Abigail Adams was an unusually accomplished letter writer. Spirited and insightful, her correspondence offers a unique vantage on historical events in which her family played so prominent a role, while bringing vividly to life the everyday experience of American women in the eighteenth and early nineteenth centuries. Here are 430 letters—more than a hundred published for the first time—to John Adams, John Quincy Adams, Thomas Jefferson, Mercy Otis Warren, James and Dolley Madison, and Martha Washington, among many others. Including her famous call to “Remember the Ladies,” letters from the 1760s and 1770s offer an unrivalled portrait of the American Revolution on the home front. Travel to Europe in the 1780s opens a grand new field for her talents as social commentator and political advisor while her roles as vice presidential and presidential wife place her at the very heart of the nation’s founding. Also included are a chronology of Adams’s life, detailed notes, and extensively researched family trees. This volume is published simultaneously with John Adams: Writings from the New Nation 1784–1826, the third and final volume in the Library of America John Adams edition. LIBRARY OF AMERICA is an independent nonprofit cultural organization founded in 1979 to preserve our nation’s literary heritage by publishing, and keeping permanently in print, America’s best and most significant writing. The Library of America series includes more than 300 volumes to date, authoritative editions that average 1,000 pages in length, feature cloth covers, sewn bindings, and ribbon markers, and are printed on premium acid-free paper that will last for centuries.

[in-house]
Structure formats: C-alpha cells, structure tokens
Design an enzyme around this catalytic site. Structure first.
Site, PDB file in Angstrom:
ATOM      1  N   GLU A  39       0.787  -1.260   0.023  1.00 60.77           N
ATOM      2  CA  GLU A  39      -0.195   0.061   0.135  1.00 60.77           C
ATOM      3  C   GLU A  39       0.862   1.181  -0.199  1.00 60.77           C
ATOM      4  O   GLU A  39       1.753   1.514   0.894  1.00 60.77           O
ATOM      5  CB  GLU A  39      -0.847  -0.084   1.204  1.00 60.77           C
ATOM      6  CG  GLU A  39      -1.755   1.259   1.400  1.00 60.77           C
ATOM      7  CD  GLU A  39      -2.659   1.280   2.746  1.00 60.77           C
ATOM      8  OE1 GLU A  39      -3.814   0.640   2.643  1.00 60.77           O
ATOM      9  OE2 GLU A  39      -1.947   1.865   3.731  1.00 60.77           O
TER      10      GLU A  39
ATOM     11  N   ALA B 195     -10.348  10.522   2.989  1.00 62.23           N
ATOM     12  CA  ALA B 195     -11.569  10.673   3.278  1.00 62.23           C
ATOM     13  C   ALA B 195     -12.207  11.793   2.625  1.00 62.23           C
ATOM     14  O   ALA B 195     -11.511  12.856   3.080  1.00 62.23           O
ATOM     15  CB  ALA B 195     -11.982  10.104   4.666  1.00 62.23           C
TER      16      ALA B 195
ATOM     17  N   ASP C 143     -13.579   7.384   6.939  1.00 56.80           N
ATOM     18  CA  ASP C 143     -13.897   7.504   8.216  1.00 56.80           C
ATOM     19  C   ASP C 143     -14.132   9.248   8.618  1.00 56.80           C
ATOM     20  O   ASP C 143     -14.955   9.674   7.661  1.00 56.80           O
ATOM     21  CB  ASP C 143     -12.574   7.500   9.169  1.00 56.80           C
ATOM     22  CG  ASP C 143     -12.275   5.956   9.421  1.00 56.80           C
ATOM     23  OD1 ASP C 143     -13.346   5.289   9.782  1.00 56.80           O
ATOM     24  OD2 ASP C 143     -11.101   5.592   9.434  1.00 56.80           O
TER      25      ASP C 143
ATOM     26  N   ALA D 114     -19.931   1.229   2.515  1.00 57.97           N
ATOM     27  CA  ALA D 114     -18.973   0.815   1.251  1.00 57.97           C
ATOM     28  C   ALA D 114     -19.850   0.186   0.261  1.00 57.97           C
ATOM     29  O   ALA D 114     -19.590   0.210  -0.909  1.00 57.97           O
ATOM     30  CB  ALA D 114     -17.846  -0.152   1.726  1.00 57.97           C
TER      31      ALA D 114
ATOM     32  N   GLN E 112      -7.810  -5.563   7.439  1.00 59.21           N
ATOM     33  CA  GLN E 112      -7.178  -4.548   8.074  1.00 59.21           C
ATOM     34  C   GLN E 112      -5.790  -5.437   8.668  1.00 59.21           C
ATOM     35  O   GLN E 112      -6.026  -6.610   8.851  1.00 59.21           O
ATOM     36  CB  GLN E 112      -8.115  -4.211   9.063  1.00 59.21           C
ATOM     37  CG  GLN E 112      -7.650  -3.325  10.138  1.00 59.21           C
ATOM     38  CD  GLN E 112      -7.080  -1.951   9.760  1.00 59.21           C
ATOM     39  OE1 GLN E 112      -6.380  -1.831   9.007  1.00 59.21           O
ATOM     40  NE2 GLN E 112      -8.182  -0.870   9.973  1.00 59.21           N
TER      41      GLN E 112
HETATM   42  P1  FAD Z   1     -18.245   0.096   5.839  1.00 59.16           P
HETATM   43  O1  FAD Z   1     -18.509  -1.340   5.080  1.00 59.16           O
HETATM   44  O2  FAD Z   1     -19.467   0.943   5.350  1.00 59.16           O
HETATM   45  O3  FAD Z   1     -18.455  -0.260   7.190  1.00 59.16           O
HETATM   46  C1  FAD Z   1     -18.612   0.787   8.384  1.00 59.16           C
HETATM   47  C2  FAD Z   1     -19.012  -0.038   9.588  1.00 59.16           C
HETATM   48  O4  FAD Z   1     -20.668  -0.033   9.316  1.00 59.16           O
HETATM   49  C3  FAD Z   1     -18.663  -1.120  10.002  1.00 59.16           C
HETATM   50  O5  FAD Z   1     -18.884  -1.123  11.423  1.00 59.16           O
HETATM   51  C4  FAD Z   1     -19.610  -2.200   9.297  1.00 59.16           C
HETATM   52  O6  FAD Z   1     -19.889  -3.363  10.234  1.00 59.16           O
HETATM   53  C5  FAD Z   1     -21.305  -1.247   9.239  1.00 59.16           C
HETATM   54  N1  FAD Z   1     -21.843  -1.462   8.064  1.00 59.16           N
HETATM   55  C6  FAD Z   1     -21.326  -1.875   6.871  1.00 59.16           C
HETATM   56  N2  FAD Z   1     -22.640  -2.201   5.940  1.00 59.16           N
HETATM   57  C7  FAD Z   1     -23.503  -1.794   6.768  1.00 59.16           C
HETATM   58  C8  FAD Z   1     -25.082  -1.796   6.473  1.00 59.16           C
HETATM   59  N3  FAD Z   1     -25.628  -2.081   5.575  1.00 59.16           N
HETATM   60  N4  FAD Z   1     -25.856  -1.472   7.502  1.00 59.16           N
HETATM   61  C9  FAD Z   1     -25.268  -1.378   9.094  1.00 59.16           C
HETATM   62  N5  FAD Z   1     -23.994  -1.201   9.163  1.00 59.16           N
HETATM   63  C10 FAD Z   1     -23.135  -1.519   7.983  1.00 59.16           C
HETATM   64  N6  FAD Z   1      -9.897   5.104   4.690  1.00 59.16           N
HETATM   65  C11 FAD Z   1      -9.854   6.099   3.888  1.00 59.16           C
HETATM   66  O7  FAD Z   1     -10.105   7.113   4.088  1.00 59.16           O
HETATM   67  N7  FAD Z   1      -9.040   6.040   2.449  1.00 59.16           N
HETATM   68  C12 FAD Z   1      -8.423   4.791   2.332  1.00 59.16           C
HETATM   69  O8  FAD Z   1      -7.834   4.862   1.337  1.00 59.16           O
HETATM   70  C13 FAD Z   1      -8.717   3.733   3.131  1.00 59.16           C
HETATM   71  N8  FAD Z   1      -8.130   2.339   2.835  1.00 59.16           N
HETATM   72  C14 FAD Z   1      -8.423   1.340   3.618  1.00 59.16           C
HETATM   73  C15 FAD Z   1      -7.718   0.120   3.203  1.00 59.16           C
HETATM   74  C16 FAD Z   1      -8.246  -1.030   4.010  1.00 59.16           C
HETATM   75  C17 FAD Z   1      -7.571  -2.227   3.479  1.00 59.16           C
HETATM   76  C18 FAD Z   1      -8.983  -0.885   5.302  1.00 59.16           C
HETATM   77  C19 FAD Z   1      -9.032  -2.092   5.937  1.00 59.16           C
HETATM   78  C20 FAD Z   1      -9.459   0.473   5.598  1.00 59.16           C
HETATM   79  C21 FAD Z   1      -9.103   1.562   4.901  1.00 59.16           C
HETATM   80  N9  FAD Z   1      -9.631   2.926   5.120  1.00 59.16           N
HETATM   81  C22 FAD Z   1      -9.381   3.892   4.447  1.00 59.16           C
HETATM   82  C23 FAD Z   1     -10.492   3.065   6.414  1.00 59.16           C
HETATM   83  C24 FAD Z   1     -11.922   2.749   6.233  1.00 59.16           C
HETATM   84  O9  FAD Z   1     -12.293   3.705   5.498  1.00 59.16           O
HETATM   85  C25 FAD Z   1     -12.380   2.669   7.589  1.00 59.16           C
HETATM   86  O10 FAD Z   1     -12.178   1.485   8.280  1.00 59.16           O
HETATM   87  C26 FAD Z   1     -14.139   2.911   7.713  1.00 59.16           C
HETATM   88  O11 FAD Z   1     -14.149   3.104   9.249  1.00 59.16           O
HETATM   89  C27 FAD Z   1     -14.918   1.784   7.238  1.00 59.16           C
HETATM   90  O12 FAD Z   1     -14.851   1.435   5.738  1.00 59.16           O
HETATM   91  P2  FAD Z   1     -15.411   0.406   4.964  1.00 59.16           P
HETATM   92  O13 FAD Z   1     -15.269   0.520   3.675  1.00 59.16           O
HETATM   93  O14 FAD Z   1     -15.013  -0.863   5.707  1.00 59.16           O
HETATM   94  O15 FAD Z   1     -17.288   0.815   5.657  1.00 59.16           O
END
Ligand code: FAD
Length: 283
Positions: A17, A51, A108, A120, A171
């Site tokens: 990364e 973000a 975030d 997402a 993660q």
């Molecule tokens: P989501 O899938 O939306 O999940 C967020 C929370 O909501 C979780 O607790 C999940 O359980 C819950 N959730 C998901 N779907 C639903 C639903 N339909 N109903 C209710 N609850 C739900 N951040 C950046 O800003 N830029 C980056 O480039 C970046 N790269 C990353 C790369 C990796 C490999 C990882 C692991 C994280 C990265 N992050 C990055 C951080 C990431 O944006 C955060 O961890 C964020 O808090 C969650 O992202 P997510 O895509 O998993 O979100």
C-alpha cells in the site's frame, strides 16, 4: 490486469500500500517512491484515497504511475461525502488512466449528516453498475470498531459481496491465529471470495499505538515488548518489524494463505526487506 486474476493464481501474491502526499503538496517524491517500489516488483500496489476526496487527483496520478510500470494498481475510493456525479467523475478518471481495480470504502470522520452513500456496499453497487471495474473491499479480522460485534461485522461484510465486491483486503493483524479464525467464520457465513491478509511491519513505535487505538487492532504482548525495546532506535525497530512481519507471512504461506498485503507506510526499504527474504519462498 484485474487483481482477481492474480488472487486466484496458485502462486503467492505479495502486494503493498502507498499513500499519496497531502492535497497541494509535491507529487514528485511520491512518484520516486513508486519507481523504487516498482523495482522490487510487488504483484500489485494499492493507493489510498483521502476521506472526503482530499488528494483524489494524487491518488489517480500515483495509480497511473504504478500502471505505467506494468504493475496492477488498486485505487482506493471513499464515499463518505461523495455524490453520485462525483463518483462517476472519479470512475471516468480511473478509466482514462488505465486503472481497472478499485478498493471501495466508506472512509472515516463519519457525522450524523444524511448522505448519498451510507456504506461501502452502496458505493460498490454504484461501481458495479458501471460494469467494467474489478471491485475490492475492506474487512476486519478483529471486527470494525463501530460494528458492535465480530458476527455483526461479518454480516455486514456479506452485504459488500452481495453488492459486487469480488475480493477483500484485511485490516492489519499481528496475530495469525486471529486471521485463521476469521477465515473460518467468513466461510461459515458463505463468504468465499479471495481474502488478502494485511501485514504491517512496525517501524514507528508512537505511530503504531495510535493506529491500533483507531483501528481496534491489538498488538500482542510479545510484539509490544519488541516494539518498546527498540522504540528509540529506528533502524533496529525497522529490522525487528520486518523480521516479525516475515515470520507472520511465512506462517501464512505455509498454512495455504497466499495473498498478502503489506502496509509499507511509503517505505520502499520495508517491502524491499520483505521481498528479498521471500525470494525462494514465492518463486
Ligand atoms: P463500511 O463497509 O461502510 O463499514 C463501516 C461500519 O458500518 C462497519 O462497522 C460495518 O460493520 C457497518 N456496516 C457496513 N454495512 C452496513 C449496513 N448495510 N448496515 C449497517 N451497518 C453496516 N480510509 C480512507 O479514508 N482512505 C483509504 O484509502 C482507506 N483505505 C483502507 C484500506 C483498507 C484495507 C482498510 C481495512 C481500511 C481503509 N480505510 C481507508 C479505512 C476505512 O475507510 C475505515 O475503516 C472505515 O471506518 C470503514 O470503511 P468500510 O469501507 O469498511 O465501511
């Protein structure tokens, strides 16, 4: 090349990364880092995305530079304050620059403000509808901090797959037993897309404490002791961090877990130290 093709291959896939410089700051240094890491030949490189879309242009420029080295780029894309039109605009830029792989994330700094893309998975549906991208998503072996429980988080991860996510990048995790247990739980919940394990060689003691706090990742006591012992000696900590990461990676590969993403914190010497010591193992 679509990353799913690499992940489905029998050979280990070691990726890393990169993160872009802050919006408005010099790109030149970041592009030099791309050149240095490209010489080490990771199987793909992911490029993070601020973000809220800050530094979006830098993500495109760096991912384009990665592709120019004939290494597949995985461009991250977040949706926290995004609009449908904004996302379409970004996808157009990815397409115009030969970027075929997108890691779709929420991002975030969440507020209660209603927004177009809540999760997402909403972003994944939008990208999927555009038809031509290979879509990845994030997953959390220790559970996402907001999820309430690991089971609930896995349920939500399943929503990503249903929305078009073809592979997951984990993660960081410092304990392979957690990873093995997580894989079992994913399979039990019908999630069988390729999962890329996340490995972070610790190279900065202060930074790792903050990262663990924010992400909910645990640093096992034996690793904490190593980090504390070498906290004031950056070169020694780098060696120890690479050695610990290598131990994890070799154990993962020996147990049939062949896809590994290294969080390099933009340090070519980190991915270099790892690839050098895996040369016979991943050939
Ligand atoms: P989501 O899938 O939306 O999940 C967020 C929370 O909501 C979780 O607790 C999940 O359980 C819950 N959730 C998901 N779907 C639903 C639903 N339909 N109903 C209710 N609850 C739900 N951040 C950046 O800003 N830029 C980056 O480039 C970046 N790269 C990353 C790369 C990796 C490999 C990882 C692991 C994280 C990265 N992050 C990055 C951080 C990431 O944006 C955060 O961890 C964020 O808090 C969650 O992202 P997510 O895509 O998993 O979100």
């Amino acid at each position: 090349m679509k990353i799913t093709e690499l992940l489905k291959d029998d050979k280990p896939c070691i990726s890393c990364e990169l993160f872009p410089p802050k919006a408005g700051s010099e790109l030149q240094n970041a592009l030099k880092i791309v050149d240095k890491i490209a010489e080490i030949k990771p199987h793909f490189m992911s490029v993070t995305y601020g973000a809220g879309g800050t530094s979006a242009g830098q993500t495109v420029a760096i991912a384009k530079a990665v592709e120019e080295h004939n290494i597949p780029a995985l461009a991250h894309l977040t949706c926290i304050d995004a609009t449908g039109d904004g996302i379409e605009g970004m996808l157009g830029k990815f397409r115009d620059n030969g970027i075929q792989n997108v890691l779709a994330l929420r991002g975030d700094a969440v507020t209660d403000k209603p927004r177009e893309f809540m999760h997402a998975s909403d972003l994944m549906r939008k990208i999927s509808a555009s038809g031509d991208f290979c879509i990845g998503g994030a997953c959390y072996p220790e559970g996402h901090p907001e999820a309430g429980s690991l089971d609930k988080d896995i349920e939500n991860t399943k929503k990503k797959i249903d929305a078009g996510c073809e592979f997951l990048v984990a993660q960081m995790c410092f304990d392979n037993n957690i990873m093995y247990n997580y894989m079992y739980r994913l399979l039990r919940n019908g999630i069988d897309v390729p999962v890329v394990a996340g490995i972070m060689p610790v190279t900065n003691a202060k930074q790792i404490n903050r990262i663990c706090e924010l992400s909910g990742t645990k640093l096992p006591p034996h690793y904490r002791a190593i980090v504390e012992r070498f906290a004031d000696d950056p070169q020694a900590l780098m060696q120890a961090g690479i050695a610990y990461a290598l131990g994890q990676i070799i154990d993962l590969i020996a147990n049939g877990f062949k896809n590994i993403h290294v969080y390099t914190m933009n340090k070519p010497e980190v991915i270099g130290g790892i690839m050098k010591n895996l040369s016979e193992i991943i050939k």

|Author||: Doris Kearns Goodwin|
|Editor||: Simon & Schuster|
The New York Times bestselling book about the early development, growth, and exercise of leadership from Pulitzer Prize-winning author Doris Kearns Goodwin “should help us raise our expectations of our national leaders, our country, and ourselves” (The Washington Post). “After five decades of magisterial output, Doris Kearns Goodwin leads the league of presidential historians” (USA TODAY). In her “inspiring” (The Christian Science Monitor) Leadership, Doris Kearns Goodwin draws upon the four presidents she has studied most closely—Abraham Lincoln, Theodore Roosevelt, Franklin D. Roosevelt, and Lyndon B. Johnson (in civil rights)—to show how they recognized leadership qualities within themselves and were recognized as leaders by others. By looking back to their first entries into public life, we encounter them at a time when their paths were filled with confusion, fear, and hope. Leadership tells the story of how they all collided with dramatic reversals that disrupted their lives and threatened to shatter forever their ambitions. Nonetheless, they all emerged fitted to confront the contours and dilemmas of their times. At their best, all four were guided by a sense of moral purpose. At moments of great challenge, they were able to summon their talents to enlarge the opportunities and lives of others. Does the leader make the times or do the times make the leader? “If ever our nation needed a short course on presidential leadership, it is now” (The Seattle Times). This seminal work provides an accessible and essential road map for aspiring and established leaders in every field. In today’s polarized world, these stories of authentic leadership in times of apprehension and fracture take on a singular urgency. “Goodwin’s volume deserves much praise—it is insightful, readable, compelling: Her book arrives just in time” (The Boston Globe).